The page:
Goodreads helps you keep track of books you want to read.
Start by marking “Jennie: The Life of Lady Randolph Churchill, Vol 1: The Romantic Years 1854-95” as Want to Read:
Jennie: The Life of Lady Randolph Churchill, Vol 1: The Romantic Years 1854-95
Enlarge cover
Rate this book
Clear rating
Open Preview

Jennie: The Life of Lady Randolph Churchill, Vol 1: The Romantic Years 1854-95

3.94  ·  Rating details ·  224 Ratings  ·  30 Reviews
If she had simply been the mother of Winston Churchill, her place in history would have been assured. But the Brooklyn-born Jennie was also the most fascinating and desirable woman of her age, the toast and the scandal of two continents throughout her long life.

Volume I, THE ROMANTIC YEARS, follows Jennie as she leaves her wealthy American home to marry Lord Randolph Chur

Published 1969 by Prentice Hall
More Details... edit details

Friend Reviews

To see what your friends thought of this book, please sign up.

Reader Q&A

To ask other readers questions about Jennie, please sign up.

Be the first to ask a question about Jennie

Community Reviews

(showing 1-30)
Rating details
Sort: Default
James Burns
Apr 17, 2016 rated it it was amazing  ·  review of another edition
I am glad I just happened across this book, and decided to read it , I knew almost nothing about Winston Churchill's Mother, except that she was an American. She was Beautiful, Intelligent, ambitious and was very popular with European Society and European Royalty. she was politically Driven, She campaigned and wrote a majority of her husbands speeches. Her goal was to further her husbands political career, was for him to be Prime Minister of Great Britain. She raised her kids, using a nanny for ...more
Nov 29, 2007 rated it did not like it
Recommends it for: Nobody
Jennie Jerome Churchill was a fascinating woman, but you'd never know it from reading this sleeping pill of a book. I didn't even bother with its sequel, and I'm looking forward to reading Anne Sebba's new biography of Mrs. Churchill and getting far more out of it.
Aug 31, 2015 rated it it was ok
This book fits in among many other books I've read in the past few years concerning other personalities from this era, from Consuelo Vanderbilt to Lady Almina of Highclere. There isn't a whole lot known about her childhood, and there's as much in it about Randolph Churchill and his political life as there is about Jennie. There are many quotes from his speeches and others concerning the pertinent issues of the day, and then the author mentions almost as an aside that Jennie during this time was ...more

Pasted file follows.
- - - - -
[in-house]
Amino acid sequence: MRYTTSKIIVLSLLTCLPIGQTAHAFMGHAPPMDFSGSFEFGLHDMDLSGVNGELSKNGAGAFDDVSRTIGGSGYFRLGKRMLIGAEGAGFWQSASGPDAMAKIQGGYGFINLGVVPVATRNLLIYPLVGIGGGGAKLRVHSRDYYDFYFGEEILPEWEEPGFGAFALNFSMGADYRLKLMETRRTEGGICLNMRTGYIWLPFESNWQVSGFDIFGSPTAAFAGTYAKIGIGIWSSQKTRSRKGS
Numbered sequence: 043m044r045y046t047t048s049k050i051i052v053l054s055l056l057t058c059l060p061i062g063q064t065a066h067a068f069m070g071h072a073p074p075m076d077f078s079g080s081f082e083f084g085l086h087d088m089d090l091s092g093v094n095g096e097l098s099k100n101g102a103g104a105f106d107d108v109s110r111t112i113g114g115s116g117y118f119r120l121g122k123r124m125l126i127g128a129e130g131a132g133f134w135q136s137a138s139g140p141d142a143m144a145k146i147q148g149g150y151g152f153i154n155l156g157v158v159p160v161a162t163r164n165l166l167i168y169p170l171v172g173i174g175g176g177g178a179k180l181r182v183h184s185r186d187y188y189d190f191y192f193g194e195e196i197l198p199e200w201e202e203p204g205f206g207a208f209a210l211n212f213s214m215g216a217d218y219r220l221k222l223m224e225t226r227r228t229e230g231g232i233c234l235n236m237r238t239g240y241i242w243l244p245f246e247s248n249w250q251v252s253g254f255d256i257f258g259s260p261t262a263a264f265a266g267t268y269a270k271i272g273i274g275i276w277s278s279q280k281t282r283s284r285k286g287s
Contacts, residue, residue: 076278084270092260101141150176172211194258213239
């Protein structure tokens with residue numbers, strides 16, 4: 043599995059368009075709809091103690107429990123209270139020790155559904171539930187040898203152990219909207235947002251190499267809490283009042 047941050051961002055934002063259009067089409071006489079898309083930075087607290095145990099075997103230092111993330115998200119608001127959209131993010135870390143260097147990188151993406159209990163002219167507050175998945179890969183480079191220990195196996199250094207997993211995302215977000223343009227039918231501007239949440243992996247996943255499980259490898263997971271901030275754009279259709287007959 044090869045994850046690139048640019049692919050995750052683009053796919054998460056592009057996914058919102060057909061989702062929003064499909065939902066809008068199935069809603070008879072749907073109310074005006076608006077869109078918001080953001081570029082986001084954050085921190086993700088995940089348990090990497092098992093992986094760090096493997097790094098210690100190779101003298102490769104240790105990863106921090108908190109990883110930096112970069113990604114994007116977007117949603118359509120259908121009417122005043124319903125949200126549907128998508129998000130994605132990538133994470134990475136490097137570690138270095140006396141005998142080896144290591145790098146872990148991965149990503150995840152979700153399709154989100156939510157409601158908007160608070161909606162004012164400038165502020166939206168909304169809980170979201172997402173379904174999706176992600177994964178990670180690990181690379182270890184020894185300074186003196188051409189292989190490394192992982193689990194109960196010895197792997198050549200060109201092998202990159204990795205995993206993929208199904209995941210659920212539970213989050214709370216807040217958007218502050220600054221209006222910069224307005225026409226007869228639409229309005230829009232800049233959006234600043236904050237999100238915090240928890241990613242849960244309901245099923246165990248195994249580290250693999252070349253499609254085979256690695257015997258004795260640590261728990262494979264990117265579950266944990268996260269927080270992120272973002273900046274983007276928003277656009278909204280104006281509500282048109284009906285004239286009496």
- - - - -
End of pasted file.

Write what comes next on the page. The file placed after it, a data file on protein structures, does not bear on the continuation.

Mar 30, 2009 rated it it was amazing
Recommends it for: Curious about Victorian England and morality
This is the biography that started me on a lifetime love of snooping around in dead (mostly) people's lives. The year before I read this, willingly and without its' being assigned reading, I found a remaindered book of Victorian photographs that fascinated me. Of course, only the "best" people were in it, and I was intrigued to see that Winston Churchill had a mother at all, and that she was a beauty. How could this be?
When I found this book, I was thrilled to read of her exploits, her disappo
Mar 21, 2011 rated it liked it
I don't often read non-fiction because the level of detail can be overwhelming and the writing poor. But this book, about Winston Churchill's scandalous and ambitious American mother, was very interesting and easy to read. Despite covering many long-forgotten political figures and fights, the account of late-Victorian times and Jennie's life in particular stood on their own. She was a fascinating person, then and now. I also appreciated peeks into the stormy, syphilitic temperament of Winston's ...more
H. P. Reed
Jul 28, 2013 rated it it was amazing
Reading this again was a treat. Ralph Martin reports rather than editorializes and his research is impeccable. His writing is casual without being slang ridden. I await American Jennie: The Remarkable Life of Lady Randolph Churchill with impatience - it's been "in transit" to my local library for over a week - but I can't believe that it will surpass this elegant biography.
Jul 12, 2012 rated it liked it
Shelves: 2012-booklist
Jennie Jerome was an American heiress who married Lord Randolph Churchill and was the mother of Winston Churchill. It is said that Edith Wharton's novel, The Buccaneers, is drawn in part from Jennie's life. This book is about 40 years old, and is very sympathetically written. I wonder if another author or more recent research may have produced an entirely different book. What is interesting is her sphere of influence, both in England and Europe, and a look at life among the rich and famous in th ...more
Susan O
Jan 19, 2016 rated it really liked it
Volume 1 of 2, this book covers the life of Jennie Randolph during the years 1854 - 1895, from her birth through the death of her husband. Prior to reading this, I knew nothing about her life except that she was beautiful, had many affairs, was an American who married into the British aristocracy, and was the mother of Winston Churchill. She was so much more than that. As with her future daughter-in-law, Clementine, she contributed greatly to her husband's political career breaking new ground fo ...more
Jul 26, 2015 rated it it was ok
Jennie Randolph Churchill was reported to have 200 lovers! She was erudite, intriguing, glamorous and courted by princes even while she was married. Unfortunately, this book fails to capitalize on the passion and ambition of this fascinating woman. At least I did learn that she wasn't a completely cold and rejecting mother. She had her motherly moments and like a proper lady, she hired kind nannies for her kids.